With the stretch in the evenings beginning to creep back into conversations and the sight of pale pasty legs becoming a more frequent site we know that the Irish summer is on it’s way; and with it will come festival season. A truly wonderful time of year where fashion, bathing, and common sense can be left at home and music and under cooked food can be enjoyed in muddy fields with friends and family. Although there is one aspect of festival season which tends to get a bit messy; the drinking.
Festivals are of course a time to enjoy yourself, but there is always the one or two who take the drinking that step too far. This is what leads festival organisers to put in place restrictions on the amount of alcohol which can be brought into the festival by people. And on the face of it, that doesn’t actually seem like a bad idea; too much alcohol can cause issues, therefore restrict the amount of alcohol and there won’t be those issues.
However in practice, restricting the use of a substance is one of the worst things you can do to curtail the negative effects of it’s consumption. That may sound counter intuitive but studies have actually shown that when you try to prohibit the consumption of a substance people actually consume more severe variations of that substance than they did before. It’s called; the Iron Law of Prohibition.
The Iron Law of Prohibition states that if law enforcement becomes more intense, the potency of prohibited substances increases. While this may sound strange, it actually does make sense. For example, let’s say that you wanted to bring alcohol into a music festival, but the organisers prohibited it. Your only option, if you still want to consume alcohol, is to sneak it into the festival; and that means choosing a drink which is easy to hide (small) but still able to get you drunk (potent). This is why people resort to drinking spirits like vodka and whiskey when alcohol is prohibited. It’s easier to sneak in and packs more of a punch than beer.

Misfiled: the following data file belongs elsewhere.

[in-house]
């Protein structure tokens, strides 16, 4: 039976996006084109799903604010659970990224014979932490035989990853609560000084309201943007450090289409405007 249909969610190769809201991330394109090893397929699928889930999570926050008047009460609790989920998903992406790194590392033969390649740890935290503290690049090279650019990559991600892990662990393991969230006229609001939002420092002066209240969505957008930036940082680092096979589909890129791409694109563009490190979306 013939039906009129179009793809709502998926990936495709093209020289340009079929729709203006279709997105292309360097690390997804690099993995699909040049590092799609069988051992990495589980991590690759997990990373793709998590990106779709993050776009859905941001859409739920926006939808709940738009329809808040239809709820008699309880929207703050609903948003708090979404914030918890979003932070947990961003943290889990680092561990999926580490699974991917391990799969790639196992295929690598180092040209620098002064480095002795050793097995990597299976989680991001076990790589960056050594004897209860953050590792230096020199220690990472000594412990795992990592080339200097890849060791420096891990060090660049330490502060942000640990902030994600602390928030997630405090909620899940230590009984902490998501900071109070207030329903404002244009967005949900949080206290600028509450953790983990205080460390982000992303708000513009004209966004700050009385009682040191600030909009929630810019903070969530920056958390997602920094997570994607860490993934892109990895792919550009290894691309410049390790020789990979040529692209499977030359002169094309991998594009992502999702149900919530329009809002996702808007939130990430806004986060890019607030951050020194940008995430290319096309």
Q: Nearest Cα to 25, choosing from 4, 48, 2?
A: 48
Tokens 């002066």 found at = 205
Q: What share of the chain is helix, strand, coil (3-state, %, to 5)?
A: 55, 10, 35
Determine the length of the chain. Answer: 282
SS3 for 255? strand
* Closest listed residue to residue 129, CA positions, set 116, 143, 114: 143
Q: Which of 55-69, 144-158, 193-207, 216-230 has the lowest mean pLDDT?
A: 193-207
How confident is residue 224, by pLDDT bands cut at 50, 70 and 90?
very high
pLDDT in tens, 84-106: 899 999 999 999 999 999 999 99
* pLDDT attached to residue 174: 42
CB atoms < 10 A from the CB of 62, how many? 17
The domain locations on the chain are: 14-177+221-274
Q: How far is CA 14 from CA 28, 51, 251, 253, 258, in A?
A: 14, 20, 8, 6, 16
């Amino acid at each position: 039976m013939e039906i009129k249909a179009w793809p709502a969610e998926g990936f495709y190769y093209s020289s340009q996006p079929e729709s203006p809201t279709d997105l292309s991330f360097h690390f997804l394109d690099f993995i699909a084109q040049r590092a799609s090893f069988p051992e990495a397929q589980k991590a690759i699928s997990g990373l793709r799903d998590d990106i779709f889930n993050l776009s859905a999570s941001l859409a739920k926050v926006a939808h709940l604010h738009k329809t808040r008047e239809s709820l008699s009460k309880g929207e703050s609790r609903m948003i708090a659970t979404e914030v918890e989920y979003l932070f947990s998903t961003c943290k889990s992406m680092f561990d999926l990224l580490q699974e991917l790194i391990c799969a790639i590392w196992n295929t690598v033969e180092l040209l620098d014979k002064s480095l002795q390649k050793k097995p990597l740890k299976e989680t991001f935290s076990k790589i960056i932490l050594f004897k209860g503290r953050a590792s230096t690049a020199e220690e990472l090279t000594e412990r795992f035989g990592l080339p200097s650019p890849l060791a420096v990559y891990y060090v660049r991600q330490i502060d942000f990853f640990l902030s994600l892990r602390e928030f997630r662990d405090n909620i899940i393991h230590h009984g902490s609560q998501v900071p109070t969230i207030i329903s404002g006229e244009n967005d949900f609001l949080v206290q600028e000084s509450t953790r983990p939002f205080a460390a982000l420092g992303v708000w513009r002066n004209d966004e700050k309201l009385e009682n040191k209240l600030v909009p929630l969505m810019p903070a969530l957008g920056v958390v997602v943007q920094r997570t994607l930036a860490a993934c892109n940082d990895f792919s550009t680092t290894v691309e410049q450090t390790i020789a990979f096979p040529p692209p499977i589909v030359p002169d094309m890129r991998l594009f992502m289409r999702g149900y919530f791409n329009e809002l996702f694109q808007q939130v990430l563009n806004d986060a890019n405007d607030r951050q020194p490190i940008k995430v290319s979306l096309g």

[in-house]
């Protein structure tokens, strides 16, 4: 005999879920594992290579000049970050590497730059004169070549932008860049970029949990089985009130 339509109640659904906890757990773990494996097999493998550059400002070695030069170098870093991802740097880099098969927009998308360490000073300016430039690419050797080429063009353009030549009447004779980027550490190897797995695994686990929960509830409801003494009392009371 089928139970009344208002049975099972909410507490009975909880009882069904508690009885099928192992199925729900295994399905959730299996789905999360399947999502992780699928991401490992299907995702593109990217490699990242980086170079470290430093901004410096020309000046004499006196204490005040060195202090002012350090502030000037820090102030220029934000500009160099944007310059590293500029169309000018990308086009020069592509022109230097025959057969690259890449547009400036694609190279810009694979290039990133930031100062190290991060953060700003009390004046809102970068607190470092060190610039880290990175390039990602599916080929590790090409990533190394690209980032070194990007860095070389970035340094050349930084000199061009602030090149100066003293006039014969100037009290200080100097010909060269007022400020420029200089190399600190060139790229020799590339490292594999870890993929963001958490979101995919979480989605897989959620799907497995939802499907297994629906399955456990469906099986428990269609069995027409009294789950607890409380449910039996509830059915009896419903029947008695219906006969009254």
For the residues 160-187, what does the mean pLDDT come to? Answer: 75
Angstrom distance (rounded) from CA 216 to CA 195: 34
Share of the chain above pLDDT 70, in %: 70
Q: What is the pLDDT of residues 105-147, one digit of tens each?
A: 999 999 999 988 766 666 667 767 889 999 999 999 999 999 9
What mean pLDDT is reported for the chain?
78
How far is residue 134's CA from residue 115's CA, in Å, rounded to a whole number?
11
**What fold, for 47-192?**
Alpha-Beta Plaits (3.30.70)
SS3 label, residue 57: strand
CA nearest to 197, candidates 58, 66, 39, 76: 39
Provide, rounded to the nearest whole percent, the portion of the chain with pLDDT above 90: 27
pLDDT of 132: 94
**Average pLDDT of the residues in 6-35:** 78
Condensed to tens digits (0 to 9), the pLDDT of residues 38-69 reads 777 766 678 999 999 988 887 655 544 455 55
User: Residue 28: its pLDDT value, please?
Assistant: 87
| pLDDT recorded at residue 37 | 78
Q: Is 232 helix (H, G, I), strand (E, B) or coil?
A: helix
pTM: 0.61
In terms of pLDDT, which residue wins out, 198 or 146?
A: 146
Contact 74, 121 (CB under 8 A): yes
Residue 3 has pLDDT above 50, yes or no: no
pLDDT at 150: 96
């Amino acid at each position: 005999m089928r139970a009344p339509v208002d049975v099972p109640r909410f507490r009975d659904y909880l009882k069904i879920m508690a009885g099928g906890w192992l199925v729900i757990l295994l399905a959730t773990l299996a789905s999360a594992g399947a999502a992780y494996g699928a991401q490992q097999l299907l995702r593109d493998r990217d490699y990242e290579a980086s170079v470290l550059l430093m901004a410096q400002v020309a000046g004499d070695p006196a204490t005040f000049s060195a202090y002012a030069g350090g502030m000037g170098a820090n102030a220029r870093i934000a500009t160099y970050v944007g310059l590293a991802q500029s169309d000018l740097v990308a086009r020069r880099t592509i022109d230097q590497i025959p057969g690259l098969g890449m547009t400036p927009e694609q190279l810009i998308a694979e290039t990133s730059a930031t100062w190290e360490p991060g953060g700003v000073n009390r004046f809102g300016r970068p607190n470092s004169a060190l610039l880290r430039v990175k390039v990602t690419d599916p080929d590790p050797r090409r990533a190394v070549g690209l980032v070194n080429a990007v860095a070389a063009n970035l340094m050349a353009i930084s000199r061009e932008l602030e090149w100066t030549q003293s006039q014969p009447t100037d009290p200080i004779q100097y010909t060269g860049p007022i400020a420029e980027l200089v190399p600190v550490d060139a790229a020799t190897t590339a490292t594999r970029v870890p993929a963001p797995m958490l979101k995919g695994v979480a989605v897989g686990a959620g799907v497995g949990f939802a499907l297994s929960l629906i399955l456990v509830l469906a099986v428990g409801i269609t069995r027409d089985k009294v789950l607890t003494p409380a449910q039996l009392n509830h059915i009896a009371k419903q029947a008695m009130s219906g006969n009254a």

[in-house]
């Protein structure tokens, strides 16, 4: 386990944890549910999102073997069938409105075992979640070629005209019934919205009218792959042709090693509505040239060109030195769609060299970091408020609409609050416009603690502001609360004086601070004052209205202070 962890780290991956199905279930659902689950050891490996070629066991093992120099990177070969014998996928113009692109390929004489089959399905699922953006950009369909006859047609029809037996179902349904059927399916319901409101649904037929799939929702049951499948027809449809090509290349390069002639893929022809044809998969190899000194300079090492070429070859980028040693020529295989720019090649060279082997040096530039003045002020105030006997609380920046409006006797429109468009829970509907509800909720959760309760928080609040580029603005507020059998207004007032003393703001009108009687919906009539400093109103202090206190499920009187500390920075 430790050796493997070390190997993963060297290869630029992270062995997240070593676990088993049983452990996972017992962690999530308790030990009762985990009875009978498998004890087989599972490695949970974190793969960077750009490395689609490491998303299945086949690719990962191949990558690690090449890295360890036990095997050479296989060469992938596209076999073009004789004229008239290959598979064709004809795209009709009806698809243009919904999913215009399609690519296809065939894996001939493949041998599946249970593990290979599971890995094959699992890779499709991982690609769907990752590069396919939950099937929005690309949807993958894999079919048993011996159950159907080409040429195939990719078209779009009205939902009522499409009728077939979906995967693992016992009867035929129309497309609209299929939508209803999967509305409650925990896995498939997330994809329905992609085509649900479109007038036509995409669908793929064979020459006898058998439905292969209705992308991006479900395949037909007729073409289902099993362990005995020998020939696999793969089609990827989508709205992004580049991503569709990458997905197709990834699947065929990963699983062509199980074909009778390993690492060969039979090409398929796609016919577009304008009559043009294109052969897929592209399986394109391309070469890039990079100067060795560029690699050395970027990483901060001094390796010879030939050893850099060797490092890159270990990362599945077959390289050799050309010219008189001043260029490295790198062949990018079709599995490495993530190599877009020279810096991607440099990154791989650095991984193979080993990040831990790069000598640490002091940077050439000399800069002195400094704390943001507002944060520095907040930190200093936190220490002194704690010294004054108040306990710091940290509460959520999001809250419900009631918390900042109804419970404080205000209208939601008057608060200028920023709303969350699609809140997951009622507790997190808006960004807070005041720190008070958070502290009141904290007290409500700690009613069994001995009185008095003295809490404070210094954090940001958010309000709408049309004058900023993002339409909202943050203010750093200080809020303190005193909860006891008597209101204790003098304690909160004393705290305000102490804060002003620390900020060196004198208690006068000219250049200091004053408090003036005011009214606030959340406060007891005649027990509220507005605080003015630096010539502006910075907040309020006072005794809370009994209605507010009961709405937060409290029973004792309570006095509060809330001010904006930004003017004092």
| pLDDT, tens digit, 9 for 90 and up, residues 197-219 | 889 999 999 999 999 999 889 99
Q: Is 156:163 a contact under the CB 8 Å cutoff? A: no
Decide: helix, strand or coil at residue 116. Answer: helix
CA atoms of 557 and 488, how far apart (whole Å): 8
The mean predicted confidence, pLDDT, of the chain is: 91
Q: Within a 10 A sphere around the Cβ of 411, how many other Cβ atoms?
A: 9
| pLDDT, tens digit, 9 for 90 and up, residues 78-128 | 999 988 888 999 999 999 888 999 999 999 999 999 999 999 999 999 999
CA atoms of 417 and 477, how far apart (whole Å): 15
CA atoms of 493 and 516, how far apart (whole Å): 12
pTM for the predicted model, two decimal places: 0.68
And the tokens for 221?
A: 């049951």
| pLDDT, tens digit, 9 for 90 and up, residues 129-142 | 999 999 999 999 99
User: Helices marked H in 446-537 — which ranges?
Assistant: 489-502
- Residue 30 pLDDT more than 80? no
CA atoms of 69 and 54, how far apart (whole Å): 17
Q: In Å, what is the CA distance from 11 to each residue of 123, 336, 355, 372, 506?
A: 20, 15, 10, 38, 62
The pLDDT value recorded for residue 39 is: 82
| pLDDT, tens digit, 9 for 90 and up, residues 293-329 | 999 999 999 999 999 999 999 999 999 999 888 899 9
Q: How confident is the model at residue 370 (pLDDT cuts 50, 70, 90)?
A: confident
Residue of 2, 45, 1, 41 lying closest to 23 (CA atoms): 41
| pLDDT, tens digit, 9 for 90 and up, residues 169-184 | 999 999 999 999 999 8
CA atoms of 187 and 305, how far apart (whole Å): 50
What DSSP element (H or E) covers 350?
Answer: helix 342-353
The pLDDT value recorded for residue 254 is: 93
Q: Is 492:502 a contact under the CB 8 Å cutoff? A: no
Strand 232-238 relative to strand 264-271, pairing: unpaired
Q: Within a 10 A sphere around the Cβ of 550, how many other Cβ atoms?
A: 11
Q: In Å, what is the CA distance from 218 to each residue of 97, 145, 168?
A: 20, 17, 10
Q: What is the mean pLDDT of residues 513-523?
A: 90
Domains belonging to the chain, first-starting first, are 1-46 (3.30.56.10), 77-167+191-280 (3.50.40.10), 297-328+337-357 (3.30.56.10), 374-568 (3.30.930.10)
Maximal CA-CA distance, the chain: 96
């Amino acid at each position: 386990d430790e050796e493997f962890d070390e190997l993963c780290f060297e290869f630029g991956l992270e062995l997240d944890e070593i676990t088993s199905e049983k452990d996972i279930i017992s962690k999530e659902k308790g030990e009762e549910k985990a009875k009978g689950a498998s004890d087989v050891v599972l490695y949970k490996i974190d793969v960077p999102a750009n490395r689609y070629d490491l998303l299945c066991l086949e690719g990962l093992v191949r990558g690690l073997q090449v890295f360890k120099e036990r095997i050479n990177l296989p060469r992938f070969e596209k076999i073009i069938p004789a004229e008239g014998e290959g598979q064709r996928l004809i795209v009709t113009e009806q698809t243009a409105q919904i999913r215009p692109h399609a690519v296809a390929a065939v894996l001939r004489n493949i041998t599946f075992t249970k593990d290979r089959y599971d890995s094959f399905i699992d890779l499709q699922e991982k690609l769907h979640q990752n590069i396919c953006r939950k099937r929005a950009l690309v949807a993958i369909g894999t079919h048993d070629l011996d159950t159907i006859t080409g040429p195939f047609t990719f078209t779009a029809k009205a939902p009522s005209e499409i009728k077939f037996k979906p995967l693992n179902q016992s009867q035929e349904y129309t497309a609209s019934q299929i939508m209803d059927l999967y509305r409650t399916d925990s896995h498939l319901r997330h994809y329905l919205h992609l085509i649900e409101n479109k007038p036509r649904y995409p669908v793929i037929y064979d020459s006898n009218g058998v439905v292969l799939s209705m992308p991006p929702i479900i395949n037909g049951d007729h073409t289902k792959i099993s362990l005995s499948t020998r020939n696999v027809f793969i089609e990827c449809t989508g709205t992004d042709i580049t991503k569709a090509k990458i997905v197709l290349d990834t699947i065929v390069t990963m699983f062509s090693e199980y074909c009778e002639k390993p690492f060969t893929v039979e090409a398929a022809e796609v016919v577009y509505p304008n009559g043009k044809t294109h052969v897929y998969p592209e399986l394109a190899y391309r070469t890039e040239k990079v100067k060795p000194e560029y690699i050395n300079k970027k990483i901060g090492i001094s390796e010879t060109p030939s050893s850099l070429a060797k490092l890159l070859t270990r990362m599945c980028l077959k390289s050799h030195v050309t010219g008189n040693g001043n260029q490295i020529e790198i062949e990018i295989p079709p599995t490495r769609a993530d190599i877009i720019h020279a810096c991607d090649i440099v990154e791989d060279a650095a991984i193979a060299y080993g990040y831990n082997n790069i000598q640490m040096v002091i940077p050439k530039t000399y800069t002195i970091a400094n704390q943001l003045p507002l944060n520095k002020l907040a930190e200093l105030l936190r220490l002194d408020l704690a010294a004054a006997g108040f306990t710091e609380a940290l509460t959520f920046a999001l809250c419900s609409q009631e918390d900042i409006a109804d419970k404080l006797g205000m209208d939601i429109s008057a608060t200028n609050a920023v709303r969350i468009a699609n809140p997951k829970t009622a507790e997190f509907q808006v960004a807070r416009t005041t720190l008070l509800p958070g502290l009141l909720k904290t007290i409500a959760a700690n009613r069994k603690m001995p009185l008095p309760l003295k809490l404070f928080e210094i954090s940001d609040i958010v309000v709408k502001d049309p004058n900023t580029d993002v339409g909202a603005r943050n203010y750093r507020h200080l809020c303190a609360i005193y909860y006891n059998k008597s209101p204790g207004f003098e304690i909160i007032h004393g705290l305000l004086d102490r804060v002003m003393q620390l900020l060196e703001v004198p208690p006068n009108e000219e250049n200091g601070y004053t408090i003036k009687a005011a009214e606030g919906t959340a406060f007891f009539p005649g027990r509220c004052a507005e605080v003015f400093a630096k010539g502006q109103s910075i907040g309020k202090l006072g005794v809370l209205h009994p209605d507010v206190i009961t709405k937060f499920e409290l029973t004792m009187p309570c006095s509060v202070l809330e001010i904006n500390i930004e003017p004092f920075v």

What is so annoying about this is that reports find that the most popular type of alcohol in Ireland by far is beer which ranges in potency from only 3-6%. However, when alcohol is prohibited people switch to harder liquors like vodka and whiskey just because they are easier to conceal but these drinks range from 35-40% in potency and are much easier and faster to drink, which can ultimately lead to more cases of alcohol poisoning and alcohol related deaths as they did during the years of American prohibition.
Historically, drug policies have always had a tendency to just ban substances outright, and while this strategy is implemented with good intentions, it often leads to forcing people toward the black market for goods which aren’t regulated or tested and often exist in very strong forms because they are easier to ship and conceal that way.
Ultimately this leads to more overdoses and drug related deaths than in countries like Portugal and Switzerland where the consumption of drugs is regulated instead of prohibited. I hope that provides some food for thought for the government of my own country, Ireland, who have one of the highest drug related death rates in Europe.
By Daragh O’Leary